The peregrine experience was meaningful for me not only because of the story of its imperilment and
Whale bone on Copalis Beach
ultimate recovery under the federal Endangered Species Act, but because of memories of the Predator Bird Research Group at UC Santa Cruz (my alma mater) and the late Brian Walton its long-time coordinator.  Brian passed on in 2007 but not before materially forwarding peregrine recovery in the Pacific Northwest.  This dunlin-munching peregrine is likely fruit of this work or similar work of others as evidenced by the bright green bands on both legs.

All and all it was restful and productive week as we also had a chance to witness scores of folks using clam guns in their search for razor clams, examined the carcass of baby whale and watched the Seahawks pull the NFC Championship out of somewhere.

Off to more adventures, we will share with you soon.

Transitions and New Directions

By Bob Ferris

2015 is a momentous year for me.  This year I started my 25th year in non-profit management, observed the 20th anniversary of the Yellowstone and Idaho wolf re-introductions, and celebrated my 10th wedding anniversary.  All three worked together in my decision to shift gears from executive leadership of a particular organization to making myself available to all organizations in a consulting or short term capacity including Cascadia Wildlands.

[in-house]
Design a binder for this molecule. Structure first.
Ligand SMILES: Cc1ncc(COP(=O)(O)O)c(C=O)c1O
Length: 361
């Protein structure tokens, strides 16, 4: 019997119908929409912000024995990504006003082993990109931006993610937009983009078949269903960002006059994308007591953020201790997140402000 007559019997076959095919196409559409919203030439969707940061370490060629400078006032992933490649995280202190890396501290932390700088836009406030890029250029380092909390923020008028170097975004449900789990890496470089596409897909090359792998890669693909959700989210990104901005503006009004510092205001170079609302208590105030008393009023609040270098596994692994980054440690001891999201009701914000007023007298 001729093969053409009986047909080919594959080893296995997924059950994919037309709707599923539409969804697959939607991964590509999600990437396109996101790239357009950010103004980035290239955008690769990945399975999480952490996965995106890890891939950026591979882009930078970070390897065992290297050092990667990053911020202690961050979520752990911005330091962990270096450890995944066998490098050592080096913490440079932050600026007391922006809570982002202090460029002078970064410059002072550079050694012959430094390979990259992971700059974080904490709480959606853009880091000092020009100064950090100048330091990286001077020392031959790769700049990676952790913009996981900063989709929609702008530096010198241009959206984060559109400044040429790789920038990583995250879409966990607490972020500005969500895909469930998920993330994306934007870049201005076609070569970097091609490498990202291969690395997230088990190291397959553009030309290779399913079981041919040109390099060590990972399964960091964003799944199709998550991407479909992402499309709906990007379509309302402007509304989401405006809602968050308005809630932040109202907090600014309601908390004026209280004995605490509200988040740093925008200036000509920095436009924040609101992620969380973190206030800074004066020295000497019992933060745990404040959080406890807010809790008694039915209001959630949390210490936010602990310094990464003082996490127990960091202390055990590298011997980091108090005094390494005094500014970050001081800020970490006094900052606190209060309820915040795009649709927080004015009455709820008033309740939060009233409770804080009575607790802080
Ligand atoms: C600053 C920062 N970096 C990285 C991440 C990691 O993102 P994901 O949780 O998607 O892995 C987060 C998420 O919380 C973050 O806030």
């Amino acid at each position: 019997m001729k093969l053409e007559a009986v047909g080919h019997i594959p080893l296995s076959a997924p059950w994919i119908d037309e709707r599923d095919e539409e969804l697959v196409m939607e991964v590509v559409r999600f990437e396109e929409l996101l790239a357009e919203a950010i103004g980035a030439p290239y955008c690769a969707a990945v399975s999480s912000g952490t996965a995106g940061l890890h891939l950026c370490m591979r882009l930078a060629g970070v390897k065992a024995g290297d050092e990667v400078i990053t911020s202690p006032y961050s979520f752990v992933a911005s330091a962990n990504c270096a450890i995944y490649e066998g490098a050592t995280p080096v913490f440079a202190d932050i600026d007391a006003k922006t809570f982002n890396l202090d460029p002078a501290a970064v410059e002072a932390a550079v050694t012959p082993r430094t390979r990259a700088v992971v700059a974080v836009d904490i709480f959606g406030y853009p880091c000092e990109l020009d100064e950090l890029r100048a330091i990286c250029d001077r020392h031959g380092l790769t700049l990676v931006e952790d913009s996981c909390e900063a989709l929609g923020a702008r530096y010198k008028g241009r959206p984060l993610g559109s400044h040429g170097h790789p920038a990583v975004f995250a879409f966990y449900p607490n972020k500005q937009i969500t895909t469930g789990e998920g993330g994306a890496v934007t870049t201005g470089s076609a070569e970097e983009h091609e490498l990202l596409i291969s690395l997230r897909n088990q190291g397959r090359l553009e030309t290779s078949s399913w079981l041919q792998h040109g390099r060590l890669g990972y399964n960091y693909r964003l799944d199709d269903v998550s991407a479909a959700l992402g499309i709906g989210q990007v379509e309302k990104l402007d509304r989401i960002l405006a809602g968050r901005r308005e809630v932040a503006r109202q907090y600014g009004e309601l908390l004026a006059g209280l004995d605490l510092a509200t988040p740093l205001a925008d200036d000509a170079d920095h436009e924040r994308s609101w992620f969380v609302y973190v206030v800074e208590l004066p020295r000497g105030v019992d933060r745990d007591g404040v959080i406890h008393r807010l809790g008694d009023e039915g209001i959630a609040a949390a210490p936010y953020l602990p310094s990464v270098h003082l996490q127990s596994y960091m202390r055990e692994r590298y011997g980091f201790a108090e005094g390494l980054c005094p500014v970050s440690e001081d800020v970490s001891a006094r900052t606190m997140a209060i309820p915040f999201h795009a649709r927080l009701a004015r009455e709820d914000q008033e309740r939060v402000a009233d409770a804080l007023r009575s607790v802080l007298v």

This decision was also influenced by my desire to spend more time writing and to focus my efforts on programs, campaigns and issues rather than day-to-day operations over the long term.  It also comes from knowing myself and understanding that I am more of sprinter than a long distance actor and therefore my efforts are better employed working on projects, bringing about needed organizational change and making a big splash when one is needed.  And I would also like to spend more time with my wife Carlene as we enter our second decade together.

I will continue to comment on a broad range of topics via blog posts at needed times and I would ask faithful readers and friends to follow what I write on the GREEN DREAMS website that I have co-created with Carlene.  Please share what you think has merit and feel free to re-post (with attribution) if so desired.  And please keep in touch (options below).